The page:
What might you expect during your mediation? This is an important question for not only a birth injury, or medical malpractice case, but for any case that requires some sort of negotiation. In my experience, clients start to bring this issue up as we start to close out discovery, and move to the next phase of the process.
Before getting deeper into this issue, I want to remind you that the information I am providing here is general in nature. What this means is that if you have specific questions regarding your case, and upcoming mediation, you should direct those questions to your attorney. Also, I’m am basing this discussion on how things are done in Maryland.
WHEN CAN A CASE SETTLE?
One point you should understand before getting to the mediation question is when can a case settle, and who has settlement authority? The short answer is that a case can settle any time before a verdict is rendered, or a judgment is made. In other words, a plaintiff can accept a settlement offer all the way up until the above-mentioned time.
As for the issue of authority, the client has ultimate authority as to when a case settles. The client can give the attorney authorization as to an acceptable amount for settlement. The attorney and client, in many instances will have talked about the issue of settlement and the pros and cons surrounding a potential number. Things like medical bills, costs, etc… will be explained so the client can understand their options.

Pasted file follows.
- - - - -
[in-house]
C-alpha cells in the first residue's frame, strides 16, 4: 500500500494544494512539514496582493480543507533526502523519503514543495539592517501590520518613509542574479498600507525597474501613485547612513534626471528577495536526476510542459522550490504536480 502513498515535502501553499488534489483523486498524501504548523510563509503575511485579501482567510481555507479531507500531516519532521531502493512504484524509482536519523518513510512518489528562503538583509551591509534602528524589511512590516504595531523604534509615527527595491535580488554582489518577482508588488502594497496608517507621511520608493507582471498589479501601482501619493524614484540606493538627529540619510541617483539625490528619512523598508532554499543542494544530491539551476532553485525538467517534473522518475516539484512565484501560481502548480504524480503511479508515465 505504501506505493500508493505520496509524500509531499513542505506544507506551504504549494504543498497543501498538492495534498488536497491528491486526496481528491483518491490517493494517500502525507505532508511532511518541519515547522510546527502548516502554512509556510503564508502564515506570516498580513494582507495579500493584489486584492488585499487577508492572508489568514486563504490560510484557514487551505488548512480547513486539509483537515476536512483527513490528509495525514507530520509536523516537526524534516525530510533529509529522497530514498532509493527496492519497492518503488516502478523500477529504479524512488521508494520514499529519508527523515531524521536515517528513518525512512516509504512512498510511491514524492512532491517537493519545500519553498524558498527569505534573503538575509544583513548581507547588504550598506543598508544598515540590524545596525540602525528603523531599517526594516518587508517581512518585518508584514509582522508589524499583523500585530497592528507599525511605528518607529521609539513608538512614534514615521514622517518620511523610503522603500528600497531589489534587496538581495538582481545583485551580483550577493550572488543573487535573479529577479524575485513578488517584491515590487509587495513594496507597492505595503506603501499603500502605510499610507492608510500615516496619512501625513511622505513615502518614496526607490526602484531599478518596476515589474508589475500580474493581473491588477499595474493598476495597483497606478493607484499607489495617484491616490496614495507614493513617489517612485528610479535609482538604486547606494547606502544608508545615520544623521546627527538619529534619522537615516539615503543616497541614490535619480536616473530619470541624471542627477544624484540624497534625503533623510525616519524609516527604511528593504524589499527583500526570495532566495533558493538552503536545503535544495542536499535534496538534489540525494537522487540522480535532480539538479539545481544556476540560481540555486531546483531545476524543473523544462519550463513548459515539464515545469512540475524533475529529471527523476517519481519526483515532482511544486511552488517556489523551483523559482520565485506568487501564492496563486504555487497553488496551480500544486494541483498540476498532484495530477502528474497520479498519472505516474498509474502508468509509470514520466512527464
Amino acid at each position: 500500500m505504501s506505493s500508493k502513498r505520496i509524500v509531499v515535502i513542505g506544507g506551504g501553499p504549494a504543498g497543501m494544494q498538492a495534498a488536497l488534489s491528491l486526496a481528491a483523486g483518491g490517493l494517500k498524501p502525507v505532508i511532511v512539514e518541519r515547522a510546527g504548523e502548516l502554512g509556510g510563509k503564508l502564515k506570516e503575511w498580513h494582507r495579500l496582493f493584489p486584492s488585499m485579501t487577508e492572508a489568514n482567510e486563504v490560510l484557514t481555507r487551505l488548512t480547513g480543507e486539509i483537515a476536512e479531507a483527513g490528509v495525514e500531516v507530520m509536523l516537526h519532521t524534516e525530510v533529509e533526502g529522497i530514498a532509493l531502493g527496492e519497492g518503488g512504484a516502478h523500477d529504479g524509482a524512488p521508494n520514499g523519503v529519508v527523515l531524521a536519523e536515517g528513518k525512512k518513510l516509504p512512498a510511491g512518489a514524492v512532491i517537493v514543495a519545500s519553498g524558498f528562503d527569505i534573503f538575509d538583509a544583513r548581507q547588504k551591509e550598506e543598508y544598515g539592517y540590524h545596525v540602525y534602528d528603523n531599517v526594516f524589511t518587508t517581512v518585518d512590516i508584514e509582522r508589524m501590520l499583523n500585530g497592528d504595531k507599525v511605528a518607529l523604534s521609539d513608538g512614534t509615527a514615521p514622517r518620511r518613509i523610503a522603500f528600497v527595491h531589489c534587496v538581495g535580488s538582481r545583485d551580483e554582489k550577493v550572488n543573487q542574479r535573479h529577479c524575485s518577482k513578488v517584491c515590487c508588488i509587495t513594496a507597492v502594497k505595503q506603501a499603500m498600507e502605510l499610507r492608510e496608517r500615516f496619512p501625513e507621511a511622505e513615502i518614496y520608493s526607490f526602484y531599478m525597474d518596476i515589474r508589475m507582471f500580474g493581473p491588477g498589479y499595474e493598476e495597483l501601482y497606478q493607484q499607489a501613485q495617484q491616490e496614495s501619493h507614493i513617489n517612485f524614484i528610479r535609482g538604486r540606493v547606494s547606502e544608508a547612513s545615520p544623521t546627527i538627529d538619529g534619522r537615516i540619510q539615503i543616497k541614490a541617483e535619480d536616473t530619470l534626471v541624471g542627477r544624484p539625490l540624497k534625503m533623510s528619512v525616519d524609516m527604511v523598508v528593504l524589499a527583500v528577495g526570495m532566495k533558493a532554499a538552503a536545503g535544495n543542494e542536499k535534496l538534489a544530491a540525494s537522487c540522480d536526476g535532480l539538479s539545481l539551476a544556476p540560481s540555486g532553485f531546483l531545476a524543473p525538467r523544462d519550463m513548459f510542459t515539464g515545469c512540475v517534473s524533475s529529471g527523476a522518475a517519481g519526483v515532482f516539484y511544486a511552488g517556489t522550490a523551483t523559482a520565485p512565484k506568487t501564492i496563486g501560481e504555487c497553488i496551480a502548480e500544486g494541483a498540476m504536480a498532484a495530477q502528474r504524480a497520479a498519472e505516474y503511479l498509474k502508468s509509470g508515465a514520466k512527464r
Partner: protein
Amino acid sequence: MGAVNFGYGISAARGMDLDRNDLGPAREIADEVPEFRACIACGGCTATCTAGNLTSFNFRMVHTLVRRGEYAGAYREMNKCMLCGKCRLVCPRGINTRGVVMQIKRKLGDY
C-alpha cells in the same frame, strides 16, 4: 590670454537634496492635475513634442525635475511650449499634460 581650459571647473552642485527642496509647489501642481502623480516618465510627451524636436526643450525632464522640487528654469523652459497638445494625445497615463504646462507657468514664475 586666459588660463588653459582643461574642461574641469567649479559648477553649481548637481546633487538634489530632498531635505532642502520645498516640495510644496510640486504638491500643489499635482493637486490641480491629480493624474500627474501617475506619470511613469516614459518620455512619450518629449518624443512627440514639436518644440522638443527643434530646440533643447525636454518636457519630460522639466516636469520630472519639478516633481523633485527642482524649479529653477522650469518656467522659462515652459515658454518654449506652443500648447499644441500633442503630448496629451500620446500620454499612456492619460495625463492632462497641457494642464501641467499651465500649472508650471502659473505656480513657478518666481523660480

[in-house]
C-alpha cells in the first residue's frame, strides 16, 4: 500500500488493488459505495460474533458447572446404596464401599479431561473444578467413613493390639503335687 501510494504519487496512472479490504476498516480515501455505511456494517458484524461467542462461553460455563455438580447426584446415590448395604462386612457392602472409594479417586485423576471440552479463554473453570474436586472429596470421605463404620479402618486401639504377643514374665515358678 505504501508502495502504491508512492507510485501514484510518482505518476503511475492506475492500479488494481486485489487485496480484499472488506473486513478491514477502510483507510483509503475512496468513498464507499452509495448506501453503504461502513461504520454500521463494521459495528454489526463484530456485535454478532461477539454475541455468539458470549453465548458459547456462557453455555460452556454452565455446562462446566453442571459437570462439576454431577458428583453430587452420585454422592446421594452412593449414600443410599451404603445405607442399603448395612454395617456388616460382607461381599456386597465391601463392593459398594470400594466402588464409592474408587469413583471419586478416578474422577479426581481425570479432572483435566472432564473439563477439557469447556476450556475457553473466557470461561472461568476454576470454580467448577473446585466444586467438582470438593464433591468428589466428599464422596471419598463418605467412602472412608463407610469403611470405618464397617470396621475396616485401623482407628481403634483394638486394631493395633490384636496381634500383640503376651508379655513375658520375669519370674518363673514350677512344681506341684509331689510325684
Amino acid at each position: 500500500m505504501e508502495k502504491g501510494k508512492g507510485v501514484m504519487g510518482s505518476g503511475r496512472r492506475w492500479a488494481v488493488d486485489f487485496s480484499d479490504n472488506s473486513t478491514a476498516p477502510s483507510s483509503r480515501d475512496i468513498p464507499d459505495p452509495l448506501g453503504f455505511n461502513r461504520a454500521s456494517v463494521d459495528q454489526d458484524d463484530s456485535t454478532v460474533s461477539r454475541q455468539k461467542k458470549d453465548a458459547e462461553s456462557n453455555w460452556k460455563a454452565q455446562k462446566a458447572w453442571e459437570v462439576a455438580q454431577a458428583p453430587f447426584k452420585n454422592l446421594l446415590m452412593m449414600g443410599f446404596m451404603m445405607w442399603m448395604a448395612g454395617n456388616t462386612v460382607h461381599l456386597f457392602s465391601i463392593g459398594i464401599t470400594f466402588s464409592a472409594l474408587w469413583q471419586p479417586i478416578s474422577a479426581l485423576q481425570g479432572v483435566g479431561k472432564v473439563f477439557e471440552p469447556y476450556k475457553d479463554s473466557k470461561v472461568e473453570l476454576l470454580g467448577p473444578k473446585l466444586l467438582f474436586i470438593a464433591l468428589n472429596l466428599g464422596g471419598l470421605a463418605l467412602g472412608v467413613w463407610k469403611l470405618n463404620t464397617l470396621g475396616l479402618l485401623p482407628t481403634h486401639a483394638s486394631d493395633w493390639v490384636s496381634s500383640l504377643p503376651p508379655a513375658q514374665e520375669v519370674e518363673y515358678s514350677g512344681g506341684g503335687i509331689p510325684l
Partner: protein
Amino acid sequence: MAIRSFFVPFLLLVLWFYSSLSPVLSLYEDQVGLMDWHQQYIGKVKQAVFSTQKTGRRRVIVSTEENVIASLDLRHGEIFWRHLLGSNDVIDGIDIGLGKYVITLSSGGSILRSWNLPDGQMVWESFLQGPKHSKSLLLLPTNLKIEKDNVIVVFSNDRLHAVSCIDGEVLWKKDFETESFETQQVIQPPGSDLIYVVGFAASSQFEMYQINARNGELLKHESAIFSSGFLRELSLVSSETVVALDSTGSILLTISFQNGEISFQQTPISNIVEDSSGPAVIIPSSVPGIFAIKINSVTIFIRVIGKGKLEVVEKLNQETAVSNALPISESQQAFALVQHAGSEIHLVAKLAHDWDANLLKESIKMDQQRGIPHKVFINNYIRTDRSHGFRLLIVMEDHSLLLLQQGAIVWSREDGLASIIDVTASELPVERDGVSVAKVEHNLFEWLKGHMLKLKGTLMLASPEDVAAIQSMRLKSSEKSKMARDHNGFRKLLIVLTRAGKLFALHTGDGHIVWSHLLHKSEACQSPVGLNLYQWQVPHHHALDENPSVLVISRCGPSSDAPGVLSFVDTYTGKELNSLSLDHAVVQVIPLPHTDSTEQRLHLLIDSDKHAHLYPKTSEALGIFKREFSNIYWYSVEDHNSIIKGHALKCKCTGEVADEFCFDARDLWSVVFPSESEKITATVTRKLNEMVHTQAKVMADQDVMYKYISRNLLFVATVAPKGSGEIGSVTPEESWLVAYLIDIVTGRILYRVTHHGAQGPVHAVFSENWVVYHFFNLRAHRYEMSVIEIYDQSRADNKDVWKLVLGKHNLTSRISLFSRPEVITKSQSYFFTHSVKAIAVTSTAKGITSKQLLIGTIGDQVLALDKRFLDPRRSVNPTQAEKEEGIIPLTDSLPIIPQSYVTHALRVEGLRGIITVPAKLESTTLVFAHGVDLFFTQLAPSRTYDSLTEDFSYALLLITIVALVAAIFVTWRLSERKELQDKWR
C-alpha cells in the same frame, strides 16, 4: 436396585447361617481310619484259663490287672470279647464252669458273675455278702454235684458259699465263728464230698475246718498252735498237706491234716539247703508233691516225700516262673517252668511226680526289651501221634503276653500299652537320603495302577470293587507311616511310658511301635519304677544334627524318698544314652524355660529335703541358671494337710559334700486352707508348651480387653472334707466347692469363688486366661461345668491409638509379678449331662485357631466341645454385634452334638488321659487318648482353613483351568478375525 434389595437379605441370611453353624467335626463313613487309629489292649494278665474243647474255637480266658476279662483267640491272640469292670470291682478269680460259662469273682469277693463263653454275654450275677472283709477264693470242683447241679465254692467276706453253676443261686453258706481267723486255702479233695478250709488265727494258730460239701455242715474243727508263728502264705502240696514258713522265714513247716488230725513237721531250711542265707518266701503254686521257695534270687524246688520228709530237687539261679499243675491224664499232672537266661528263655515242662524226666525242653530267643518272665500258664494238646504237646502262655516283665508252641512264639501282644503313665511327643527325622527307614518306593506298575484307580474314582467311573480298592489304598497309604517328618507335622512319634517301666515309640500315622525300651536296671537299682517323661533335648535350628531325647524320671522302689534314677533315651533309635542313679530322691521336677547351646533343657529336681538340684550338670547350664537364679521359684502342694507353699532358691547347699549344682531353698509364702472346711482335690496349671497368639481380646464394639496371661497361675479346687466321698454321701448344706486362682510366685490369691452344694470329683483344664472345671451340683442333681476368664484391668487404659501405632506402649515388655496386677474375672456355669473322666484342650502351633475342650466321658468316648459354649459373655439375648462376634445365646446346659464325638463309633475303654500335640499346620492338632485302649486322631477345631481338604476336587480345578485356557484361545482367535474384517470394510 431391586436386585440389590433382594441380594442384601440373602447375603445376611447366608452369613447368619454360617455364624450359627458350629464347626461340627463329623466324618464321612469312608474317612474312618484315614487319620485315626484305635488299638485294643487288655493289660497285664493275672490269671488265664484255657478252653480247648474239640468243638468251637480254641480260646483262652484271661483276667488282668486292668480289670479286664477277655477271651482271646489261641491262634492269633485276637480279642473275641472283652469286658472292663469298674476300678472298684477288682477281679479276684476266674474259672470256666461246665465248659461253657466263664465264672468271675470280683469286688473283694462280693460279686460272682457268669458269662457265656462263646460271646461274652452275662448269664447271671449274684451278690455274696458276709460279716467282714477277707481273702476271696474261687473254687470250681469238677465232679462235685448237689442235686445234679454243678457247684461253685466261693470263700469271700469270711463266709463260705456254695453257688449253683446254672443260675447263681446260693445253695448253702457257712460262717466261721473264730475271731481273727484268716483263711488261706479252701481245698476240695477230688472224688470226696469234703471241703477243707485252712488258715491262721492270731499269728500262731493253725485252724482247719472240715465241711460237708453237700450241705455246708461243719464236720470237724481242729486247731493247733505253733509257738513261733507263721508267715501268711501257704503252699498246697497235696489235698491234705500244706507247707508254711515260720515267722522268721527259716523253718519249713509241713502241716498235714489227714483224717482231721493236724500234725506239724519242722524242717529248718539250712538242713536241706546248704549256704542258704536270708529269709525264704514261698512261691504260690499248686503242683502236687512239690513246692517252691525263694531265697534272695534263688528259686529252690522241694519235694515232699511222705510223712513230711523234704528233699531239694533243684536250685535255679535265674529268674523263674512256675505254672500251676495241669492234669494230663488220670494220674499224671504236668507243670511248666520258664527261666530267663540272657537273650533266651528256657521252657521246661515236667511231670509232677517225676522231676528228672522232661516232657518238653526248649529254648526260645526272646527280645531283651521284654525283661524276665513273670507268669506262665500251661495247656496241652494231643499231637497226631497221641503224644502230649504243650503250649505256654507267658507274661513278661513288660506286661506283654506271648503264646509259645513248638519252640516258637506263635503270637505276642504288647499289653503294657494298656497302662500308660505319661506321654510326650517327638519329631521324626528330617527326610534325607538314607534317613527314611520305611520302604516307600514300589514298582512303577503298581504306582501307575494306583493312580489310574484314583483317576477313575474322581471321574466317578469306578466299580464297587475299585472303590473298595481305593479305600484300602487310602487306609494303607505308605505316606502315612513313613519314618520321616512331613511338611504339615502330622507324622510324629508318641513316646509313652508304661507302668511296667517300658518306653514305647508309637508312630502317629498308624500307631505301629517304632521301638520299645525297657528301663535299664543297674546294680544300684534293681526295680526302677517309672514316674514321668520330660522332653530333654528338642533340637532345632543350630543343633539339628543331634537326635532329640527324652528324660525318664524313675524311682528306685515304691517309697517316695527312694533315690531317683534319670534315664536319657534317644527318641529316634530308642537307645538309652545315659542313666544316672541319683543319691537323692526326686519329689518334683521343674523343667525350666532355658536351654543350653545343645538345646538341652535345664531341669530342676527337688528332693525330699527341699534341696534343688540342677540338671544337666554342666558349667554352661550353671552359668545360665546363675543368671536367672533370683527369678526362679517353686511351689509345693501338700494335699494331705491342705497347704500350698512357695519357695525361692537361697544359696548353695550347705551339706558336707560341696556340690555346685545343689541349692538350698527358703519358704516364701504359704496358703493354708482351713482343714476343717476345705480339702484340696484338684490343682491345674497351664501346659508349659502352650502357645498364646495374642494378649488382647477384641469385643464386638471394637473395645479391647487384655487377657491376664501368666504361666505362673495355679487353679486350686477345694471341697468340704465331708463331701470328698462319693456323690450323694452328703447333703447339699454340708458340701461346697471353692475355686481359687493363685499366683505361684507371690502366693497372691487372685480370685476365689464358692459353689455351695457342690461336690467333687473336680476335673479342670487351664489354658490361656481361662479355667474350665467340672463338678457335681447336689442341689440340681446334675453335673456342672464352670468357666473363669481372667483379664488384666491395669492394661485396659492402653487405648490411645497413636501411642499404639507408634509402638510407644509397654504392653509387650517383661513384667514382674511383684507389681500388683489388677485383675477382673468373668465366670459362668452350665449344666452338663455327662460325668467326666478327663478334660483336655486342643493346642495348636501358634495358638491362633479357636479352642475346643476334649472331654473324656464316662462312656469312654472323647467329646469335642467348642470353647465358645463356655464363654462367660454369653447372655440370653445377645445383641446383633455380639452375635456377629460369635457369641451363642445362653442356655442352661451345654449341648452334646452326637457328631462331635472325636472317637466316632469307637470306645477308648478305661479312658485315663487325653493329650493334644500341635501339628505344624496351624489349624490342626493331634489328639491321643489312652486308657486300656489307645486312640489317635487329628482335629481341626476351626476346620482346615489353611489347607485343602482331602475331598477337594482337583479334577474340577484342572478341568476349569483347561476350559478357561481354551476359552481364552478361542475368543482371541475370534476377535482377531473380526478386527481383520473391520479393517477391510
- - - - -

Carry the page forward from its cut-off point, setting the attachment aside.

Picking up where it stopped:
WHAT MIGHT YOU EXPECT DURING YOUR MEDIATION?
Although every mediation is different, the purpose is pretty much the same in this context and that is to see if both sides can agree on a settlement to the case. During the mediation, the defense will be represented usually by not only their attorney(s) but also a money person. For example, if there is a claims person from the insurance company (if insurance is in the case), that person will more than like be present personally, or by phone or other communication.
The mediator may have a feel for the case and issues through a drafted mediation statement by both sides. A mediation statement can help the mediator understand the issues present in the case.
In my experience, mediators usually have all sides separated and moves back and forth between each side, searching for a number that is satisfactory to all parties.
While you are in the mediation, it is a good idea to lean on your attorney’s expertise in this area, as he or she can help you navigate certain issues which may present themselves.
In the event your case cannot be settled during mediation, the mediation will be completed and the case will move forward on the docket to trial, as normal.
Marcus B. Boston, Esq.
2 Wisconsin Circle, Suite 700
Chevy Chase, Maryland 20815
1-833-4 BABY HELP